Generalized Apolitical Anger and Trust in Government

In addition to this targeted form of political anger described above, it is also possible for a more generalized type of anger that is aroused through apolitical means to affect an individual’s evaluations of the national government. That generalized apolitical anger might be able to shape individuals’ evaluations of the national government is due, in part, to the process of AI. Pioneered by Marcus et al. (2000), AI “conceptualize[s] affect and reason not as oppositional but as complementary, as two functional mental faculties in a delicate, interactive, highly functional dynamic balance.” The complementary and interactive nature of emotion and reason operates such that one’s emotional reaction to a particular stimulus shapes whether an individual will react to that stimulus by relying on old habits or by seeking new information. Moreover, AI claims that “affect also influences when and how we think about …things” (Marcus et al. 2000, emphasis in original).

Schwarz and Clore (1983) put forth a similar argument, claiming that emotion and reason are interconnected processes. Specifically, their argument is that affect plays a large role in how individuals process and comprehend information. In their seminal study, Schwarz and Clore (1983) experimentally induced either happy or sad emotions in subjects and then asked individuals to give subjective evaluations about their quality of life. The results they found suggest that happy individuals and sad individuals tend to have positive and negative evaluations about their quality of life, respectively. Much like Marcus et al.’s (2000) theory of AI, this implies that emotions and reason are intertwined in a manner where the former play a large role in influencing the latter. In other words, “one cannot think without feeling” (Marcus 2002).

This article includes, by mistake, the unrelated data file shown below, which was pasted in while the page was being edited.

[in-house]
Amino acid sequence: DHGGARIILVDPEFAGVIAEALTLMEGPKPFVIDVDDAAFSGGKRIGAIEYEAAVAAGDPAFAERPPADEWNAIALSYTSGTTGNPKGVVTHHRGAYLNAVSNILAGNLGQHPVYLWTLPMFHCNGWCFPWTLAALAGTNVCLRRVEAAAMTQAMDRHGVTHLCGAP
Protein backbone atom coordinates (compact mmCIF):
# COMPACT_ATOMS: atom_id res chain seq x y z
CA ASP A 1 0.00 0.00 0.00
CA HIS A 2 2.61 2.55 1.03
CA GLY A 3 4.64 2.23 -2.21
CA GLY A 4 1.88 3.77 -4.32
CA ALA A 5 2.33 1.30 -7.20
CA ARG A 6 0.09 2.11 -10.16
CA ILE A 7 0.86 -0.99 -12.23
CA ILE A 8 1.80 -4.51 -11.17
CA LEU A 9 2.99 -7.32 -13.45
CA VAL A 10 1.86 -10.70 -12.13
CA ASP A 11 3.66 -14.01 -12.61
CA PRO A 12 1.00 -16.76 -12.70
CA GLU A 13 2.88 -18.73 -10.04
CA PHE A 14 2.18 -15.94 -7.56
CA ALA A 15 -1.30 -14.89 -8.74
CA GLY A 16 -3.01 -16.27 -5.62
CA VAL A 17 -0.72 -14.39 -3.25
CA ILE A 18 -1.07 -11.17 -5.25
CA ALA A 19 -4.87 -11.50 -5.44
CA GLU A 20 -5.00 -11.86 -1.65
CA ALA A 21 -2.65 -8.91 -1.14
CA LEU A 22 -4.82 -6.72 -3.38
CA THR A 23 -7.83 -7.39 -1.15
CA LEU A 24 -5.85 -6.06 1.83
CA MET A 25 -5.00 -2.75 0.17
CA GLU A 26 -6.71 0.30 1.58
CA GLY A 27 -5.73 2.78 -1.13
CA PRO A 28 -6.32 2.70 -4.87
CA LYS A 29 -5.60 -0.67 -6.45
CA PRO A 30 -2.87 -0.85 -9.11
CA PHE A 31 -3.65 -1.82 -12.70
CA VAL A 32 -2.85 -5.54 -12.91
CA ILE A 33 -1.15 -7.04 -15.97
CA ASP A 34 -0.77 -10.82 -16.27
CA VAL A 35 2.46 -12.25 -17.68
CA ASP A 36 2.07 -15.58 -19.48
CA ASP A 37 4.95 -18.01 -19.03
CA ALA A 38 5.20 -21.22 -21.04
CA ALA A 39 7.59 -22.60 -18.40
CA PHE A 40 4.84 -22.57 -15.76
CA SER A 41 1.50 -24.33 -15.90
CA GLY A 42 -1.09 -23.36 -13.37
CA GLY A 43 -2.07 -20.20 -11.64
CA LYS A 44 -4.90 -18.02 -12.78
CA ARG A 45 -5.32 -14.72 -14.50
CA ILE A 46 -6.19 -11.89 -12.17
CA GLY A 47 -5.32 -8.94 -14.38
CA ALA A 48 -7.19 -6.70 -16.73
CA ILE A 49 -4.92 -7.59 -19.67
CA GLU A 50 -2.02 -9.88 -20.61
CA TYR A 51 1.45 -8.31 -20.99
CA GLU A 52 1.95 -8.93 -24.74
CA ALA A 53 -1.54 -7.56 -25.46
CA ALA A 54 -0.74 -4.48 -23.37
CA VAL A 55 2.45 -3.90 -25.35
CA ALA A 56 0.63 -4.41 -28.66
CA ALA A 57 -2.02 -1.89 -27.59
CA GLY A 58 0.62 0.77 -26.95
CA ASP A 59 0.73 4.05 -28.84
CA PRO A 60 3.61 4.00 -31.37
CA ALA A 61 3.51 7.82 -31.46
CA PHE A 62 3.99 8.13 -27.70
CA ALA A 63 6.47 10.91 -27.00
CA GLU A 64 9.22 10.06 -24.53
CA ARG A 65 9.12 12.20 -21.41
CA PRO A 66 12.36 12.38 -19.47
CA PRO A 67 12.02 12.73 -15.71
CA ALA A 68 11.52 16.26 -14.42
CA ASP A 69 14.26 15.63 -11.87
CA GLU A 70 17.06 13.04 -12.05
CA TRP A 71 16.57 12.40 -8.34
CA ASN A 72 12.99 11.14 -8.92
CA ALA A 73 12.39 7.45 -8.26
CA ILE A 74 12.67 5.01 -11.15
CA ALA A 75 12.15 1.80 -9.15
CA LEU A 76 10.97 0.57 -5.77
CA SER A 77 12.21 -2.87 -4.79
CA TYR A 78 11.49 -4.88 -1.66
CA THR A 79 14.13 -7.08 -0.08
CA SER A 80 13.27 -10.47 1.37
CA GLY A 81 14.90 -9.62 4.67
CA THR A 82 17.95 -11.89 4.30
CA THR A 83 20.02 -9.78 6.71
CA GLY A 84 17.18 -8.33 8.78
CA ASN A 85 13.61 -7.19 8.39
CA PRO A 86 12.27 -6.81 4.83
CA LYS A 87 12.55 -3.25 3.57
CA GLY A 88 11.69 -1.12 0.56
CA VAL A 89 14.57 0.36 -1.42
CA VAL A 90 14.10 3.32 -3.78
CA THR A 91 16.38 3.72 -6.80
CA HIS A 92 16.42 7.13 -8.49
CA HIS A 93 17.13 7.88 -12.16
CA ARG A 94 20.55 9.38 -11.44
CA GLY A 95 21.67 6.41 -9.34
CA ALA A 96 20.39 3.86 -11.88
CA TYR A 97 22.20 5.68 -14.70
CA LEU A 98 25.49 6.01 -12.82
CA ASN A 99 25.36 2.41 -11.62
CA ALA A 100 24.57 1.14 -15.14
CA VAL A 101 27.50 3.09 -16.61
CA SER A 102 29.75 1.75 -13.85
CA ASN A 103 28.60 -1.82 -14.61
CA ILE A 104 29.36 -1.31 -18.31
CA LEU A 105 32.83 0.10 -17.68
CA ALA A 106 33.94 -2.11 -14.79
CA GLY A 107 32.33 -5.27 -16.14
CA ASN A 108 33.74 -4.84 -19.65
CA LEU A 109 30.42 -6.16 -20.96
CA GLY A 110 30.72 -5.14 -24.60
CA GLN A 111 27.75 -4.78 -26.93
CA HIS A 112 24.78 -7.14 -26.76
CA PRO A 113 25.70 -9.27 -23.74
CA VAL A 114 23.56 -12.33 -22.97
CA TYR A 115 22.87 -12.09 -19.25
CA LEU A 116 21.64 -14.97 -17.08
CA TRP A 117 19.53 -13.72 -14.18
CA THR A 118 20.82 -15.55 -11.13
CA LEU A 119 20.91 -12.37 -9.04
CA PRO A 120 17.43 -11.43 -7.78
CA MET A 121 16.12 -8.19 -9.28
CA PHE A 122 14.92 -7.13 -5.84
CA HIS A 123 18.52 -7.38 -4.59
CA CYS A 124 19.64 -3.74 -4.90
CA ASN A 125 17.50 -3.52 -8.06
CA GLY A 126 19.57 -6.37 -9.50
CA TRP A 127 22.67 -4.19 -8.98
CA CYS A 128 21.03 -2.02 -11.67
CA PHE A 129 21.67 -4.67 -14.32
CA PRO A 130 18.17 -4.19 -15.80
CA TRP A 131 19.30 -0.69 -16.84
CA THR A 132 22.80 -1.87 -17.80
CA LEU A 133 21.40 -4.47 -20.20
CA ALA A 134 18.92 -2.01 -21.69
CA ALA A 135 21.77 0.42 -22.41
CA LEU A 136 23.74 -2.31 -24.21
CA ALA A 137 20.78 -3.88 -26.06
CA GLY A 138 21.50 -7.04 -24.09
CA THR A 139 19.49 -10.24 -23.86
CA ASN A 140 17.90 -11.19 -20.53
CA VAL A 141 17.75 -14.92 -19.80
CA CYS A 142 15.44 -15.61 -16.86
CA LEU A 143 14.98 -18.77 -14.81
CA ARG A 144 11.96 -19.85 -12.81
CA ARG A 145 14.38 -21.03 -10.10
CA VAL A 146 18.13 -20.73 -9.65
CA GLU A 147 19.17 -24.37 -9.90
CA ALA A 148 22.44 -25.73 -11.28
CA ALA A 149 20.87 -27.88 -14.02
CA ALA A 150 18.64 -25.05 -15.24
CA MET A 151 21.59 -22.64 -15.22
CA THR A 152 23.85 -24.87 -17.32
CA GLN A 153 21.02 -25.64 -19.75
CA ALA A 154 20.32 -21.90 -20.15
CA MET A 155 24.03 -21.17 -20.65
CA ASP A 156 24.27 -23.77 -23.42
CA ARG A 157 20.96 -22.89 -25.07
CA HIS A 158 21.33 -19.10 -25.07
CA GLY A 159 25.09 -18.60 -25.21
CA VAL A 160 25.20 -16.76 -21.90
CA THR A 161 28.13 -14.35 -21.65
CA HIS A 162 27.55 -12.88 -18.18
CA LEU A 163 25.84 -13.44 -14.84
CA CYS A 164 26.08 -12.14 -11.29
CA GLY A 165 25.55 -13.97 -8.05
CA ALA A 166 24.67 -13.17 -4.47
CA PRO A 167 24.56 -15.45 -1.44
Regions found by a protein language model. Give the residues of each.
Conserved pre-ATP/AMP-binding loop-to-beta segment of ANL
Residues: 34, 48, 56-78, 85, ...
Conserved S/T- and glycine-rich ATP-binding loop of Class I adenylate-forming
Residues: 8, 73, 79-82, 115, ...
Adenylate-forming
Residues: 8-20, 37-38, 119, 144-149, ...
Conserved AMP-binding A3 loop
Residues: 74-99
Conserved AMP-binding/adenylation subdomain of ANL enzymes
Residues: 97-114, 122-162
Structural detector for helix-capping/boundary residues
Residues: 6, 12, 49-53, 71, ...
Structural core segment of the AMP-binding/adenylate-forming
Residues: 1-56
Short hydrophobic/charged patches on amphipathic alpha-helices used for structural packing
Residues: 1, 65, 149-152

How, then, should generalized apolitical anger be expected to lower individuals’ views of the national government? Insights from AI and the psychological theory of “mood-congruity” (Bower 1991) suggest that an individual’s felt emotion shapes the way in which she renders a judgment on any given thing. Extant research also suggests that anger is an emotion with a negative valence (Lerner and Keltner 2001; Moons et al. 2010). Accordingly, individuals who are primed to exhibit higher levels of anger—either at a specific target, or incidentally—will view the target of their anger in a negative light. Put more succinctly, because anger is an emotion with a negative valence, the judgment that an angry individual makes toward another person, situation, or institution will also be negative. By eliciting generalized apolitical anger and then immediately asking individuals how they feel about the national government, the negative valence attached to the emotional outburst of anger is likely to “spill over” and shape individuals’ evaluations of the government. Thus, although the mode through which the anger was elicited was apolitical, it is possible to subsequently channel that anger toward a political target and, via the mechanism of mood-congruity, lower evaluations of that same object.